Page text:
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Is It Illegal To Not Vote In Australia?

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Voting in all federal elections in Australia is a legal obligation for citizens aged 18 and over. Failing to vote can result in a fine and potentially land you in court. Voting has been compulsory since 1924, and enrolling to vote in federal elections has been compulsory since 1918, whereby voting is governed by the Electoral Act 1918


The Australian Electoral Commission (AEC) is the federal body ensuring elections are run fairly and abide by the law. Political parties and independents who promote their messages to the public must abide by AEC’s jurisdiction, whereby they also have organisation and management of enrolments for voting. Countries such as the United States opt for ‘Elective voting’, meaning there is no penalty for not voting. Australia has ‘Compulsory voting’, making voting compulsory for citizens who meet the requirements to be eligible to vote.

What Is The Fine For Not Voting In Australia?

Failure to vote in the federal election initially results in a $20 fine as per section 245 of the Act, which can grow if left unpaid to a $220 fine and court fees. The AEC (Australian Electoral Commission) has registered 17.2 million voters for 2022. If an individual is registered to vote with the AEC and has not checked off the electoral roll, the AEC will provide them with a letter asking for an explanation as to the failure to vote. Once receiving the letter, it to possible to:


  • Provide details as to the booth location and date if they have voted;
  • Pay the $20 fine imposed; or
  • Provide a valid reason for not voting.

It is possible that the reason given may be rejected. If an individual is prosecuted, they may incur a $220 penalty plus court costs. Further failure to pay the penalty will incur further action taken by the court according to circumstances such as:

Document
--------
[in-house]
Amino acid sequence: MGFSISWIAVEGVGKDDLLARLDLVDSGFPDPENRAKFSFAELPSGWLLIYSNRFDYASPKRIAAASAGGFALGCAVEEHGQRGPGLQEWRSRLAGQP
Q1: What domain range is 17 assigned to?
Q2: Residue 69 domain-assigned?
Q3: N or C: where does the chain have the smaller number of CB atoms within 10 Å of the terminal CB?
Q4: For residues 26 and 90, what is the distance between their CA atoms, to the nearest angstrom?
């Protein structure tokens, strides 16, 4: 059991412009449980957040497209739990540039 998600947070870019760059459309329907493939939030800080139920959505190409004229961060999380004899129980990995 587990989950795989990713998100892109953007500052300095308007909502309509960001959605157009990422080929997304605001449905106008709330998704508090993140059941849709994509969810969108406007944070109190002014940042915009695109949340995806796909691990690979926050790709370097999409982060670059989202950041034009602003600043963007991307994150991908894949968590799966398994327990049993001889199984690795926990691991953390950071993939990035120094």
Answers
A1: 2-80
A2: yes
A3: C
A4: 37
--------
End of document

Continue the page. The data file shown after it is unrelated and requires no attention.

• The State or territory the individual resides in; and
  • Previous failure to vote

If you’re in court for failure to vote and wish to seek advice on the matter, be sure to seek expert advice from a lawyer here.


Ineligibility To Vote

Individuals who cannot vote in Australia are:


  • Permanent residents, only citizens are allowed to vote;
  • Prisoners serving a sentence of 5 or more years;
  • Of unsound mind, in that you’re incapable of understanding the nature and significance of voting; and
  • Individuals convicted of treason and have not been pardoned.

All other Australian citizens who are of the age of 18 and above must vote.

Can You Go To Jail For Not Voting In Australia?

Failure to vote isn’t likely to end with imprisonment. However, charges such as electoral fraud, which can be committed by casting more than one vote, may have the accused face up to 6 months imprisonment as per Section 339 of the Act.


The section states that a person shall not:


  • Impersonate any person with the intention of securing a ballot paper to which the impersonator is not entitled;
  • Impersonate any person with the intention of voting in that other person’s name;
  • Fraudulently do an act that results in the destruction, defacement or other corruption of any nomination or ballot paper;
  • Fraudulently put any ballot paper or other paper into the ballot-box;
  • Fraudulently take any ballot paper out of any polling booth or counting centre;
  • Supply ballot papers without authority; or
  • Do an act that results in the unlawful destruction of, taking of, the opening of, or interference with, ballot-boxes or ballot papers.

What are valid reasons to not vote in Australia?

The Divisional Returning Officer (DRO) evaluate whether a reason given for not voting is valid and sufficient, also utilising precedent to maintain fair evaluation. Valid reasons for not voting can include:


  • Being overseas and unable to access an Australian Embassy;
  • Natural events; or
  • Physical obstruction.

Reasons such as not liking the selection of whom to vote for are not a valid reasons for failure to vote and will incur the penalty of a $20 fine. It is imperative to note that if your reason given for not voting is rejected, court proceedings may occur against you.

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